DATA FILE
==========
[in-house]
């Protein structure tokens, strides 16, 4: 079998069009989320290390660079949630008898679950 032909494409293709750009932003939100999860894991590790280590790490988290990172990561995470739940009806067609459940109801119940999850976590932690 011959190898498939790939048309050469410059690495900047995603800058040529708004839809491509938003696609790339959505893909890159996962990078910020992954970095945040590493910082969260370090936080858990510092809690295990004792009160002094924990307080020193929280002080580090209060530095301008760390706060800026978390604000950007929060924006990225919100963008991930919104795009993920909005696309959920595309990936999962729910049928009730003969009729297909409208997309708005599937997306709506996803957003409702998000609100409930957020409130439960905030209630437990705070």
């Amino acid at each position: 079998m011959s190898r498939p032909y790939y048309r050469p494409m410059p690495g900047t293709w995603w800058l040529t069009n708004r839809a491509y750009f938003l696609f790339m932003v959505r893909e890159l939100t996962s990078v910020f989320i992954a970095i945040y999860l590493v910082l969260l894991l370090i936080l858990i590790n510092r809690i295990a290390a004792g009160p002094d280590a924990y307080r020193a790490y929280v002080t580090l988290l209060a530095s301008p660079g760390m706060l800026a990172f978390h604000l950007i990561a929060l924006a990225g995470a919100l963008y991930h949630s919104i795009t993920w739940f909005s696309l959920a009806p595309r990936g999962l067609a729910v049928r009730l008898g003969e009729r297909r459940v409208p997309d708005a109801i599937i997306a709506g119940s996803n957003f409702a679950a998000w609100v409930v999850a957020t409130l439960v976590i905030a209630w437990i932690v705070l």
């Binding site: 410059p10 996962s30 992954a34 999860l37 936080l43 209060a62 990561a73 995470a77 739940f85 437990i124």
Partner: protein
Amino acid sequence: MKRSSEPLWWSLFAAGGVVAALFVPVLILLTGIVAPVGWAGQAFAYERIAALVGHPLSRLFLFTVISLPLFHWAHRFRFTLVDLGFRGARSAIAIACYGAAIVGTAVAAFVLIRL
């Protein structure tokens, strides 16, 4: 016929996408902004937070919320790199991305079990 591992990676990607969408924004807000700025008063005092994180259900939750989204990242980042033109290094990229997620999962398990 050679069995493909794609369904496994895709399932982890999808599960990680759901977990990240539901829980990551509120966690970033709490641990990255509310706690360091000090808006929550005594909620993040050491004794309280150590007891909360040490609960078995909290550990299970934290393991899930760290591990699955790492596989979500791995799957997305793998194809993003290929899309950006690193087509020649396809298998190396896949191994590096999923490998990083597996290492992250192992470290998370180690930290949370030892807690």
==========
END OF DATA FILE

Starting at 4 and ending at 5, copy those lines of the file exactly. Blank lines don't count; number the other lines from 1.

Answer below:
């Binding site: 410059p10 996962s30 992954a34 999860l37 936080l43 209060a62 990561a73 995470a77 739940f85 437990i124």
Partner: protein